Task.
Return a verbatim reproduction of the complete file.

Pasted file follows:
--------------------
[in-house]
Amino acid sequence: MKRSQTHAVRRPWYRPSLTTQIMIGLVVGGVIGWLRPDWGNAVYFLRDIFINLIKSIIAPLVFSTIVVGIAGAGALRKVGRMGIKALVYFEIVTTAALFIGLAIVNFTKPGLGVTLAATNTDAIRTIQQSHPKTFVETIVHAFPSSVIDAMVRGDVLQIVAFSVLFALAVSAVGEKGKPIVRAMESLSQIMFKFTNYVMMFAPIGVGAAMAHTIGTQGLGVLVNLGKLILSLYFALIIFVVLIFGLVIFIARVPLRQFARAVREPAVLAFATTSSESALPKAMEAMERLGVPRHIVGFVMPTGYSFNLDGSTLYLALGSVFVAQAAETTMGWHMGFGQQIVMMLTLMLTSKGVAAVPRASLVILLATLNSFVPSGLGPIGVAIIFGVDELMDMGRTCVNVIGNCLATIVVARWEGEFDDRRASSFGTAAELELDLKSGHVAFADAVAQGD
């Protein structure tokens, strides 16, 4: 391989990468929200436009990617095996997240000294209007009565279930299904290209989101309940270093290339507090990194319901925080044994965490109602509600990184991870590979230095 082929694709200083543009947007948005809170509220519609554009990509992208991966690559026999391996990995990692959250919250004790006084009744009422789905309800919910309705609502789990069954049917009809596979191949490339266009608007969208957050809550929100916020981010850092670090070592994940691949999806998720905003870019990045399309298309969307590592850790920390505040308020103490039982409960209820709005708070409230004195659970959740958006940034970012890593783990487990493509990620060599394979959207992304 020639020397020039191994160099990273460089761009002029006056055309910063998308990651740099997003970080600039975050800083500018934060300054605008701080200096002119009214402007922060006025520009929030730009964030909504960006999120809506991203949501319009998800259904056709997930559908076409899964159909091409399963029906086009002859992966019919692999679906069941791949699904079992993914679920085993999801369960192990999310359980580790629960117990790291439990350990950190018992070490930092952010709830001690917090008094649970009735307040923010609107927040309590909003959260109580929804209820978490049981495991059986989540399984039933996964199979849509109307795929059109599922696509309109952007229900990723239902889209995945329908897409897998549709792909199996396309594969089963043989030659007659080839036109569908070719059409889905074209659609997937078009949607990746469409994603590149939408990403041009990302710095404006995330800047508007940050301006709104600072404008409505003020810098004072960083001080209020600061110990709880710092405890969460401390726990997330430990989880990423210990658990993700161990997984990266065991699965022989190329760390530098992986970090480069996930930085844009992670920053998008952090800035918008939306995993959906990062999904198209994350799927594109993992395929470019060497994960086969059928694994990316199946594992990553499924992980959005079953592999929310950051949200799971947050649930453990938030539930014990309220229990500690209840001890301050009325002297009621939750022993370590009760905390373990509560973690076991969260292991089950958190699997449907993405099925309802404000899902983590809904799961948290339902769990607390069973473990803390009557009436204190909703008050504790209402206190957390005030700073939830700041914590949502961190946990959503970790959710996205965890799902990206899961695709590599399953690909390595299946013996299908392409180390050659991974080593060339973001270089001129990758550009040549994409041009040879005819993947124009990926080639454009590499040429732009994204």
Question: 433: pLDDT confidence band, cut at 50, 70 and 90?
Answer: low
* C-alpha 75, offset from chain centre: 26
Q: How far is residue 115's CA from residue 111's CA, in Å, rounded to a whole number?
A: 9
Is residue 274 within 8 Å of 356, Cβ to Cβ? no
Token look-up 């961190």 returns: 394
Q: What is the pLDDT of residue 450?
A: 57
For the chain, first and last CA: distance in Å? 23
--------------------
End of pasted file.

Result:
[in-house]
Amino acid sequence: MKRSQTHAVRRPWYRPSLTTQIMIGLVVGGVIGWLRPDWGNAVYFLRDIFINLIKSIIAPLVFSTIVVGIAGAGALRKVGRMGIKALVYFEIVTTAALFIGLAIVNFTKPGLGVTLAATNTDAIRTIQQSHPKTFVETIVHAFPSSVIDAMVRGDVLQIVAFSVLFALAVSAVGEKGKPIVRAMESLSQIMFKFTNYVMMFAPIGVGAAMAHTIGTQGLGVLVNLGKLILSLYFALIIFVVLIFGLVIFIARVPLRQFARAVREPAVLAFATTSSESALPKAMEAMERLGVPRHIVGFVMPTGYSFNLDGSTLYLALGSVFVAQAAETTMGWHMGFGQQIVMMLTLMLTSKGVAAVPRASLVILLATLNSFVPSGLGPIGVAIIFGVDELMDMGRTCVNVIGNCLATIVVARWEGEFDDRRASSFGTAAELELDLKSGHVAFADAVAQGD
């Protein structure tokens, strides 16, 4: 391989990468929200436009990617095996997240000294209007009565279930299904290209989101309940270093290339507090990194319901925080044994965490109602509600990184991870590979230095 082929694709200083543009947007948005809170509220519609554009990509992208991966690559026999391996990995990692959250919250004790006084009744009422789905309800919910309705609502789990069954049917009809596979191949490339266009608007969208957050809550929100916020981010850092670090070592994940691949999806998720905003870019990045399309298309969307590592850790920390505040308020103490039982409960209820709005708070409230004195659970959740958006940034970012890593783990487990493509990620060599394979959207992304 020639020397020039191994160099990273460089761009002029006056055309910063998308990651740099997003970080600039975050800083500018934060300054605008701080200096002119009214402007922060006025520009929030730009964030909504960006999120809506991203949501319009998800259904056709997930559908076409899964159909091409399963029906086009002859992966019919692999679906069941791949699904079992993914679920085993999801369960192990999310359980580790629960117990790291439990350990950190018992070490930092952010709830001690917090008094649970009735307040923010609107927040309590909003959260109580929804209820978490049981495991059986989540399984039933996964199979849509109307795929059109599922696509309109952007229900990723239902889209995945329908897409897998549709792909199996396309594969089963043989030659007659080839036109569908070719059409889905074209659609997937078009949607990746469409994603590149939408990403041009990302710095404006995330800047508007940050301006709104600072404008409505003020810098004072960083001080209020600061110990709880710092405890969460401390726990997330430990989880990423210990658990993700161990997984990266065991699965022989190329760390530098992986970090480069996930930085844009992670920053998008952090800035918008939306995993959906990062999904198209994350799927594109993992395929470019060497994960086969059928694994990316199946594992990553499924992980959005079953592999929310950051949200799971947050649930453990938030539930014990309220229990500690209840001890301050009325002297009621939750022993370590009760905390373990509560973690076991969260292991089950958190699997449907993405099925309802404000899902983590809904799961948290339902769990607390069973473990803390009557009436204190909703008050504790209402206190957390005030700073939830700041914590949502961190946990959503970790959710996205965890799902990206899961695709590599399953690909390595299946013996299908392409180390050659991974080593060339973001270089001129990758550009040549994409041009040879005819993947124009990926080639454009590499040429732009994204």
Question: 433: pLDDT confidence band, cut at 50, 70 and 90?
Answer: low
* C-alpha 75, offset from chain centre: 26
Q: How far is residue 115's CA from residue 111's CA, in Å, rounded to a whole number?
A: 9
Is residue 274 within 8 Å of 356, Cβ to Cβ? no
Token look-up 């961190």 returns: 394
Q: What is the pLDDT of residue 450?
A: 57
For the chain, first and last CA: distance in Å? 23